Story mapping is a remarkably simple idea. Using a simple map, you can work with others to tell a product’s story and see the big picture form as you do. Then, you carve up that big picture to make good planning decisions. Underneath all that is the simple concept of Agile stories.
The idea of stories originated with a very smart guy by the name of Kent Beck. Kent was working with other people on software development in the late ’90s, and he noticed that one of the biggest problems in software development sprang from the traditional process approach of using documents to describe precisely what we want—that is, the requirements. By now you know the problem with that. Different people can read the same document and imagine different things. They can even “sign off” on the document believing they’re in agreement.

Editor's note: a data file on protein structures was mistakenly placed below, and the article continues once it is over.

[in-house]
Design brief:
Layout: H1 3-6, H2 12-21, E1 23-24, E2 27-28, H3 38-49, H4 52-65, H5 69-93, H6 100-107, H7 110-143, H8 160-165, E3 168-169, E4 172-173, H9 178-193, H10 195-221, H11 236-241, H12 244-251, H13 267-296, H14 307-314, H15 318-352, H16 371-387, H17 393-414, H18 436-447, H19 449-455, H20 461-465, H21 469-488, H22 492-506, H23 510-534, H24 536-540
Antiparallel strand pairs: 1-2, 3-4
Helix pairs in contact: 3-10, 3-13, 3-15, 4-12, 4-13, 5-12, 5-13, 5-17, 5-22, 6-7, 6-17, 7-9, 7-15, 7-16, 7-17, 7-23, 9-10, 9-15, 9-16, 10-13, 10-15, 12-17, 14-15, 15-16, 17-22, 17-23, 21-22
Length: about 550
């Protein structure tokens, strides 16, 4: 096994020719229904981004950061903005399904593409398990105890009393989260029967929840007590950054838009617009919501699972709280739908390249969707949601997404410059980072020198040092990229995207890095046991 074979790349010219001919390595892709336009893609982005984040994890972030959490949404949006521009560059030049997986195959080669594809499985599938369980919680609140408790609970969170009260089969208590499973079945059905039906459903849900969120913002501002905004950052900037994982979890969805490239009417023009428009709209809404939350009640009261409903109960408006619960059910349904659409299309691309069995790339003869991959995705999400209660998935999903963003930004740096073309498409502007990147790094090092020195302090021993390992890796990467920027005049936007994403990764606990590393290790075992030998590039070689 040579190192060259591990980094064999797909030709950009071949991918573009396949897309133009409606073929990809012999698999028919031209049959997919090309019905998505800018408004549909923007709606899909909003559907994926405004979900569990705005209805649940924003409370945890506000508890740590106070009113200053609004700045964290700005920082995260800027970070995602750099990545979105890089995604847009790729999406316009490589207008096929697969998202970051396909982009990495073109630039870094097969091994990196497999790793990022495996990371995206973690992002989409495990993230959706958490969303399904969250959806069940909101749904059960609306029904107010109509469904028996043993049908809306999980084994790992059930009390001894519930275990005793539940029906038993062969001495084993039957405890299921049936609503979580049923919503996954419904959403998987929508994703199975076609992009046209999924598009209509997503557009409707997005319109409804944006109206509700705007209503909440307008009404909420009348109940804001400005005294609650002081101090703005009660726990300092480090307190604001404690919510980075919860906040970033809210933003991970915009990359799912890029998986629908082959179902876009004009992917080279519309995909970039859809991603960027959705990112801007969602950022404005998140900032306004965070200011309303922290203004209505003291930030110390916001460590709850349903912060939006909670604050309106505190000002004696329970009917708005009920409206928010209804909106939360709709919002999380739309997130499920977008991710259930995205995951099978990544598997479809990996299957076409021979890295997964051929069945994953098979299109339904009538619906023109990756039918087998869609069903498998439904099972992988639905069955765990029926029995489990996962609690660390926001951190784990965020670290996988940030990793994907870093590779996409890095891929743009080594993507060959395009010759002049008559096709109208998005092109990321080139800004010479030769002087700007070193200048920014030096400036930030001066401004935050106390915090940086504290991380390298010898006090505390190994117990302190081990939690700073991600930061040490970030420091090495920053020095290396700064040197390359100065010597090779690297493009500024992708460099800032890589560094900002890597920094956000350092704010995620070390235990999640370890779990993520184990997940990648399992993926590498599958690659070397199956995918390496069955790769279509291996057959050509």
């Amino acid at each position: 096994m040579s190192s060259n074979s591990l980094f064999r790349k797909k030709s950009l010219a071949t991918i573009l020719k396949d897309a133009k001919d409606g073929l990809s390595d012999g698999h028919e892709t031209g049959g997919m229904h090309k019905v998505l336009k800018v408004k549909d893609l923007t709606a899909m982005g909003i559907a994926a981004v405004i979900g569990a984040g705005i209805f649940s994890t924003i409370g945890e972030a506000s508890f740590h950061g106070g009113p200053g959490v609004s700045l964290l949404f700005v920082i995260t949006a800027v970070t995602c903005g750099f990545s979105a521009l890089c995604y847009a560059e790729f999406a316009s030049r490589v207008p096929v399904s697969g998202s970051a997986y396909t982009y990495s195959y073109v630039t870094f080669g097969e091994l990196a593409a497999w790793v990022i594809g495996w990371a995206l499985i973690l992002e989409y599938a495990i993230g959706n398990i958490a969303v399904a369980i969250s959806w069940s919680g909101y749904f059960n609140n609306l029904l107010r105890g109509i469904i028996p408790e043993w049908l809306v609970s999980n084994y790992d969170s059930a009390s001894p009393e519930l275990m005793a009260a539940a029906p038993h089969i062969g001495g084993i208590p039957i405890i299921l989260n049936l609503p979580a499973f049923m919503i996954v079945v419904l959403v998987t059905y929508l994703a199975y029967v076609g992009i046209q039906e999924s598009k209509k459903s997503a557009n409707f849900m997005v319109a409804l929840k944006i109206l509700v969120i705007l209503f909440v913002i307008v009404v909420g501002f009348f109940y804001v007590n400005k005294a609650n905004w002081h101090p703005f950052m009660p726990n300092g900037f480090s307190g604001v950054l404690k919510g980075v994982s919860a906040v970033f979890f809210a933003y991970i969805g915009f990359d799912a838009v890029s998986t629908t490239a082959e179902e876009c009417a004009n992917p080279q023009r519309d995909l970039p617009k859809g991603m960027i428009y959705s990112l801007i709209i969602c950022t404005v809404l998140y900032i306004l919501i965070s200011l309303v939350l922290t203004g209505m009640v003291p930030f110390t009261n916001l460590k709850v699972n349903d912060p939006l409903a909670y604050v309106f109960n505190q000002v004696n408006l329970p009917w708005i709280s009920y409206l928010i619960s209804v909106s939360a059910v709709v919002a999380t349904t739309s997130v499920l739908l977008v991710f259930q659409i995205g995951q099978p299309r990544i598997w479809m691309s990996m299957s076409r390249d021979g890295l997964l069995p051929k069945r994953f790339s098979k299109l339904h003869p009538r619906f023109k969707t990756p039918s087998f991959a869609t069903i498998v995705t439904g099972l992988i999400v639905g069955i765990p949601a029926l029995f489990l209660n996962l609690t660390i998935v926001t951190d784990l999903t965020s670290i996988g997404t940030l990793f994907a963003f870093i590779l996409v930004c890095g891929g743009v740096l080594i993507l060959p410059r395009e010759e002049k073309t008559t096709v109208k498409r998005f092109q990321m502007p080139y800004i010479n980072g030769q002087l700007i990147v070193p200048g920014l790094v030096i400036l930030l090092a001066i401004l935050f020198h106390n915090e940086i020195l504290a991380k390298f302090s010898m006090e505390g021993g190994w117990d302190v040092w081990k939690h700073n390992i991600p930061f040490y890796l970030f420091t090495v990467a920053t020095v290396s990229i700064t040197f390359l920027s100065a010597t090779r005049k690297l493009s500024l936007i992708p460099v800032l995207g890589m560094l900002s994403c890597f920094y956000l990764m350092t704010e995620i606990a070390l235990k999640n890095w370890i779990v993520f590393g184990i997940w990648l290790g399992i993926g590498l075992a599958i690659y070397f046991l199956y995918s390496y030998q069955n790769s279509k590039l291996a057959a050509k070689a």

It’s later, when we get into the thick of developing software—or even later than that, after it’s delivered—that we realize we weren’t thinking of the same things. Lots of people call this lack of shared understanding “bad requirements.”
Let me vent a minute here. I have the pleasure of working with lots of teams. And we often start work together by talking about their biggest challenges. And, hands down, the one I hear most is “bad requirements.” And then everyone points at that document. The document writer ...